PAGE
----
Writing an Abstract

Abstracts are often perceived difficult to write due to the requirement to be concise. I came across an useful series of points in Abstracts and the Writing of Abstracts (Vol. 1 of the Revised and Expanded Edition of English in Today’s Research World) by John M. Swales and Christine B. Feak. This might be useful as a guideline when writing an abstract.

MOVE 1 – Introduce the background/situation of the topic

MOVE 2 – Highlight the importance of the topic, purpose and present any research carried out on the topic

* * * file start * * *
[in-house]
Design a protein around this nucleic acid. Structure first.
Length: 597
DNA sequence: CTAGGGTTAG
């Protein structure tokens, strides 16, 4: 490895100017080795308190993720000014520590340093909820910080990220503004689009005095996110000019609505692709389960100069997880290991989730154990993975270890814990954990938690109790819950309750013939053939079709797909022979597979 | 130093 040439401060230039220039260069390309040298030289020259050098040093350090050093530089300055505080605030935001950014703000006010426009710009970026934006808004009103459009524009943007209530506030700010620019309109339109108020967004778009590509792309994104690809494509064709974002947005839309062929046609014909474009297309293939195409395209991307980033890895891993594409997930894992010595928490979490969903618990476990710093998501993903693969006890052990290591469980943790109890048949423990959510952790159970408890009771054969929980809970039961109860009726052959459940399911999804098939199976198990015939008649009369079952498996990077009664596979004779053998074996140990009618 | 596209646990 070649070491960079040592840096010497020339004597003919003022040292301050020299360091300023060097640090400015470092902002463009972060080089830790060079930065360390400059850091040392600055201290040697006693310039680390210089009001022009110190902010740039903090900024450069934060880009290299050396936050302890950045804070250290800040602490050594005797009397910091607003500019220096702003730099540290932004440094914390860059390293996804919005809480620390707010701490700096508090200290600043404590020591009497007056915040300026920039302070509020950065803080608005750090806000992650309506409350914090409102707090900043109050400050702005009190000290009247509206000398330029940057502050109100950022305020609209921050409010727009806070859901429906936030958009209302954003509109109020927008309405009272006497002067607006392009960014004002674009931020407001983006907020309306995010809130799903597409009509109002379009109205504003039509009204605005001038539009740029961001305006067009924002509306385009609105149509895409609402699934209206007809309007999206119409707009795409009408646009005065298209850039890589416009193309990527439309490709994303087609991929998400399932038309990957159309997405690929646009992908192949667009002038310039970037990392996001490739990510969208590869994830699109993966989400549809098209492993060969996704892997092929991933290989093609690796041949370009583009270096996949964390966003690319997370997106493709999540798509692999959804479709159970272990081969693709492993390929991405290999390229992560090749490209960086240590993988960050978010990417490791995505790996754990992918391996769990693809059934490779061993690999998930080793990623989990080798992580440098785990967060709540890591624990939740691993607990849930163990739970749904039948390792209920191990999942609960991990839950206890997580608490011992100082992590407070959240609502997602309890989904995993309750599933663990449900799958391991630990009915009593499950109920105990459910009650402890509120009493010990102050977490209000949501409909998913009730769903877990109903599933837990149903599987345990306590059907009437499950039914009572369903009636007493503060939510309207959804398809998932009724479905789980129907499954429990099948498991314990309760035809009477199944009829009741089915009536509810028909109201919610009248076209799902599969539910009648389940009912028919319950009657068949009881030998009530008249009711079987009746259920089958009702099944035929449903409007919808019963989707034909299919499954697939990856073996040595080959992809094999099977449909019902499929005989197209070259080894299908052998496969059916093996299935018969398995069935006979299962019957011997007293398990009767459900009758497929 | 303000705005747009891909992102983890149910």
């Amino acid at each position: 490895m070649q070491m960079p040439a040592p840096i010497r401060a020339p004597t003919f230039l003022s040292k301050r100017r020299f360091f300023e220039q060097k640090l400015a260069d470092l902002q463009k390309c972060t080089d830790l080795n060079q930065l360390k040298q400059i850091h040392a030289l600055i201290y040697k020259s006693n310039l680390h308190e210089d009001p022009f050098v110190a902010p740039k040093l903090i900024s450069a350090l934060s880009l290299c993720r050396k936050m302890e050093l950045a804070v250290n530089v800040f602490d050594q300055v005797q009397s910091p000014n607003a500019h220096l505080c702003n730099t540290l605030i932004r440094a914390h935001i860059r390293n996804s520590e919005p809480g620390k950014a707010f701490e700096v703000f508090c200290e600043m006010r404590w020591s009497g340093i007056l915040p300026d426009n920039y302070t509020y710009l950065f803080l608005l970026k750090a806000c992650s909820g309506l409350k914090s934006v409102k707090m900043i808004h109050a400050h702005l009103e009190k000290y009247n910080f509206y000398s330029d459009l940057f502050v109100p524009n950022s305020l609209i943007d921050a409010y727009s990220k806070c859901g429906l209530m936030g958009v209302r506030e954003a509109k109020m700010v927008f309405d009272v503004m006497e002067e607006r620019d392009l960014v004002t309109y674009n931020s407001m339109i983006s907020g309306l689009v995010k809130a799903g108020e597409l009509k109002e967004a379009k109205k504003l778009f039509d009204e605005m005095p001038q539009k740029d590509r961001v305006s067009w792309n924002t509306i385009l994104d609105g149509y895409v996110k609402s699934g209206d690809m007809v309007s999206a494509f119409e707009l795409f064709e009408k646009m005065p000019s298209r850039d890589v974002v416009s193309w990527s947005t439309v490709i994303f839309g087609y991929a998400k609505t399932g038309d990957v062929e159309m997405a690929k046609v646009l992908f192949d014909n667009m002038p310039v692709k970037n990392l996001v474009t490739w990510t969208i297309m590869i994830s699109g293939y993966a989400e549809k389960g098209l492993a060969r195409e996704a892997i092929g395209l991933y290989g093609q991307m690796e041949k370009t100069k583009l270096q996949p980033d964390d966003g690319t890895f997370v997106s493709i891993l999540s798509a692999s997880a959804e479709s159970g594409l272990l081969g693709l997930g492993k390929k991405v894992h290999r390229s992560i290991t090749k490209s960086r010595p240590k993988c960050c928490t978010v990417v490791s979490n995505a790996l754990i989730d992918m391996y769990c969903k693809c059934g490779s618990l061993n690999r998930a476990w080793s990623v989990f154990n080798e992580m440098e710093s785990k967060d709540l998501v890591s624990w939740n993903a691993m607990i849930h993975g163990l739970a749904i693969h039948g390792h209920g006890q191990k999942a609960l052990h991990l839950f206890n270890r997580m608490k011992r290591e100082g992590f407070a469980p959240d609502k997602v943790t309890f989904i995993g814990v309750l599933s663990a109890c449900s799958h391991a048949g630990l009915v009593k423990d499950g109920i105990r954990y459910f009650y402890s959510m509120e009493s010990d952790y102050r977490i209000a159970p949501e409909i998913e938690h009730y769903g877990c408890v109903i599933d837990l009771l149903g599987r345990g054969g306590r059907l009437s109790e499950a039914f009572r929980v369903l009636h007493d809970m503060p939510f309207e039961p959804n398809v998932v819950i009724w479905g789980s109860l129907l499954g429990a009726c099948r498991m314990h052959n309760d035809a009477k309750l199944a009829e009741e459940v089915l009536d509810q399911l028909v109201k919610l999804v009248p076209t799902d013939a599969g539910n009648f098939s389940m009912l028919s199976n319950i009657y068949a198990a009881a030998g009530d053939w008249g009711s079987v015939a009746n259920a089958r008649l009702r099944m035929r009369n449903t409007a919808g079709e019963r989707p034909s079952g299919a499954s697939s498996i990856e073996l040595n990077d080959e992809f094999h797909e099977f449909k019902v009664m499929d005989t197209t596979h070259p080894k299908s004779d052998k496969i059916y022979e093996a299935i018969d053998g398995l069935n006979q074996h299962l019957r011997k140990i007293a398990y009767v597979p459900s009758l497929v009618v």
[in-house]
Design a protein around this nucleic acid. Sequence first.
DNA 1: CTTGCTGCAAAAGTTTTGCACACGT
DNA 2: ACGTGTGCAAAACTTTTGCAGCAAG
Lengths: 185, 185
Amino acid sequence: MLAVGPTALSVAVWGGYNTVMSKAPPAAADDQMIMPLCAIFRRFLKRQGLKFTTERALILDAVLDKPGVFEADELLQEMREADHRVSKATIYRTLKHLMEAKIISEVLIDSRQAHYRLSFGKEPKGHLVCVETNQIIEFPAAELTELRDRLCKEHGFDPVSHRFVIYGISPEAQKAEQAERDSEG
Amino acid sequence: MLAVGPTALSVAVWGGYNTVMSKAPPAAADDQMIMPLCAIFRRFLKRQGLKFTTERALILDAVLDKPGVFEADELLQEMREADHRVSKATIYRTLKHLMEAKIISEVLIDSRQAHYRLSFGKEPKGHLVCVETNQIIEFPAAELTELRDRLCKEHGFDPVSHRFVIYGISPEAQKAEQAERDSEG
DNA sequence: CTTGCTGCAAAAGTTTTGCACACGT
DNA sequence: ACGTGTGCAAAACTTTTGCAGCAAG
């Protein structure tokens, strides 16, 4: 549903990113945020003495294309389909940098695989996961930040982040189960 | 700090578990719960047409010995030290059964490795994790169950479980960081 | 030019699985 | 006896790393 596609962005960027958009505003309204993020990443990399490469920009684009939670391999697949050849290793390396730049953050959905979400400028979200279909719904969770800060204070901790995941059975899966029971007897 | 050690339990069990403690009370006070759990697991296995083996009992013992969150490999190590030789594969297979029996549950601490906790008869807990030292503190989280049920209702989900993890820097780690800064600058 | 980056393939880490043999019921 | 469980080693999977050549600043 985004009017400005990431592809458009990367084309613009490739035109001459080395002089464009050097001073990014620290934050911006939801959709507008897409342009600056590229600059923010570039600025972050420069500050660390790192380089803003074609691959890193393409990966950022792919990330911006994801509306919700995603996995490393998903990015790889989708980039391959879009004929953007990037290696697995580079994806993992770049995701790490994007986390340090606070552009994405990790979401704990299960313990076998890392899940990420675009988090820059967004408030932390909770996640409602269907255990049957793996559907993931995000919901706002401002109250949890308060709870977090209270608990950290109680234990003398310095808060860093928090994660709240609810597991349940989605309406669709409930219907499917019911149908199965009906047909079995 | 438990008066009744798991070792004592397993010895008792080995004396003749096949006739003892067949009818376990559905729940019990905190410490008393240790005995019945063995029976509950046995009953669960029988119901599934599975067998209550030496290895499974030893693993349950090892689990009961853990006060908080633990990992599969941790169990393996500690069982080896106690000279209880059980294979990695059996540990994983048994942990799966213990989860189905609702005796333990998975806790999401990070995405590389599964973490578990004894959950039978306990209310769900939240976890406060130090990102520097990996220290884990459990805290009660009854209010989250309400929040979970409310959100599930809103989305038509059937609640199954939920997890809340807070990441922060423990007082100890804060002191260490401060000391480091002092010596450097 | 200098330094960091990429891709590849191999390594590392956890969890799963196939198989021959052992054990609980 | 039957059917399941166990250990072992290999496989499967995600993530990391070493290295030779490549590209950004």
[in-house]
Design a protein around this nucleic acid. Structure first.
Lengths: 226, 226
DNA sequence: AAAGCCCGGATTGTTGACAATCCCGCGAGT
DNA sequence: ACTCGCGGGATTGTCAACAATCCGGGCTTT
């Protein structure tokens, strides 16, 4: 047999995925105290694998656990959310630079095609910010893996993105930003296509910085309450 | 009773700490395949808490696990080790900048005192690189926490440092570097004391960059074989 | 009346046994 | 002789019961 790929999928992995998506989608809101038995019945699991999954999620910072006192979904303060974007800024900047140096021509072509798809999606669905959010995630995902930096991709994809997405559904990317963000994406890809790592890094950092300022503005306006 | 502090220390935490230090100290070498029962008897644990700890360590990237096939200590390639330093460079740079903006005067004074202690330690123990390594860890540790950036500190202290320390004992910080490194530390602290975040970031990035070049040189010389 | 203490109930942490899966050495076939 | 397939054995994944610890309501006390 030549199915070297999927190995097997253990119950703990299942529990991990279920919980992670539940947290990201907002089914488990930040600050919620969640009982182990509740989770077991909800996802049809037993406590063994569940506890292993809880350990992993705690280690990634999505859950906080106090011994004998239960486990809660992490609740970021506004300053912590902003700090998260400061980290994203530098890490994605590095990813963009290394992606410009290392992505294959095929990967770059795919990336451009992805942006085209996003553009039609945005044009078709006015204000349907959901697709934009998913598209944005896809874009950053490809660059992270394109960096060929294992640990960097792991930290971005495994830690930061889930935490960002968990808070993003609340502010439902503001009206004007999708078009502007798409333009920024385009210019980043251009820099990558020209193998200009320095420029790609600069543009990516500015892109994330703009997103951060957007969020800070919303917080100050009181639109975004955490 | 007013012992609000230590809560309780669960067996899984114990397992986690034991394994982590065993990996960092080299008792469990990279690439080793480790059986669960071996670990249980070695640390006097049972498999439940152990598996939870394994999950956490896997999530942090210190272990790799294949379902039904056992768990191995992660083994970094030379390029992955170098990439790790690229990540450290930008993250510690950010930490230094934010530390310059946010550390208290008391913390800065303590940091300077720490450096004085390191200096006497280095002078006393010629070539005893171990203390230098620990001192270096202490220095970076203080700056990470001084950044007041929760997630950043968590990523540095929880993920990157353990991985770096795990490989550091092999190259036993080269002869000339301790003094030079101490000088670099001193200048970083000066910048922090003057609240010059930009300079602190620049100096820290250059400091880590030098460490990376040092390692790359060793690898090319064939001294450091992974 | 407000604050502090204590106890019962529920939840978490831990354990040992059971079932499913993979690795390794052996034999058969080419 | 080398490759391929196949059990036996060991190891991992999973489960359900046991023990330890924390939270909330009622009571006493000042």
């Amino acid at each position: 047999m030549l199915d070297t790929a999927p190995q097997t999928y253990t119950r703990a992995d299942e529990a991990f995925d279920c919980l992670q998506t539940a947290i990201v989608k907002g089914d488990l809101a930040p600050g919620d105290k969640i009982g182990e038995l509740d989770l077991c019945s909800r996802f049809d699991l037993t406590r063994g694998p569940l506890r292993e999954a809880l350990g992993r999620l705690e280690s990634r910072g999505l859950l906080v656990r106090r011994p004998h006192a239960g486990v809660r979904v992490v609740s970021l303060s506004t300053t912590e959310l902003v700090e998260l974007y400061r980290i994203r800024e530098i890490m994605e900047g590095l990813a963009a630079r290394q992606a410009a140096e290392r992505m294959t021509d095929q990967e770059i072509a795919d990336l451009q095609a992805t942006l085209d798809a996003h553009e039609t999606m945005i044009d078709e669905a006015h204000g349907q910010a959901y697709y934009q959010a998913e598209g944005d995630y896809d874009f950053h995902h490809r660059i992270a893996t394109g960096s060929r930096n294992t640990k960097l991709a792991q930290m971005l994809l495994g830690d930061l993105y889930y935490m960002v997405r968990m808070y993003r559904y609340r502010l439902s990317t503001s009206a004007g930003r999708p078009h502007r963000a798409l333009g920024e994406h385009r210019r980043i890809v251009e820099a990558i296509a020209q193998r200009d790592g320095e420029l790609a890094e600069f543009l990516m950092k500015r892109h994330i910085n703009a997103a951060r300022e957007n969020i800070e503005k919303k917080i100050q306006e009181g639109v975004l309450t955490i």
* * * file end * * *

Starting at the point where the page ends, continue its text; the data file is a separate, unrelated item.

MOVE 3 – Underline the methods, materials and procedures used

MOVE 4 – State the results/findings

MOVE 5 – Explain and discuss the findings drawing a conclusion. Suggest possible implications/recommendations

These moves are often labelled in structured abstracts as sub-sections but not in traditional abstracts however the content, style and organisation of both remain very similar. These guidelines may be used as a checklist when revising a written abstract.

References:

Swales, J.M., Feak, C.B. (2009). Abstracts and the Writing of Abstracts. The University of Michigan Press.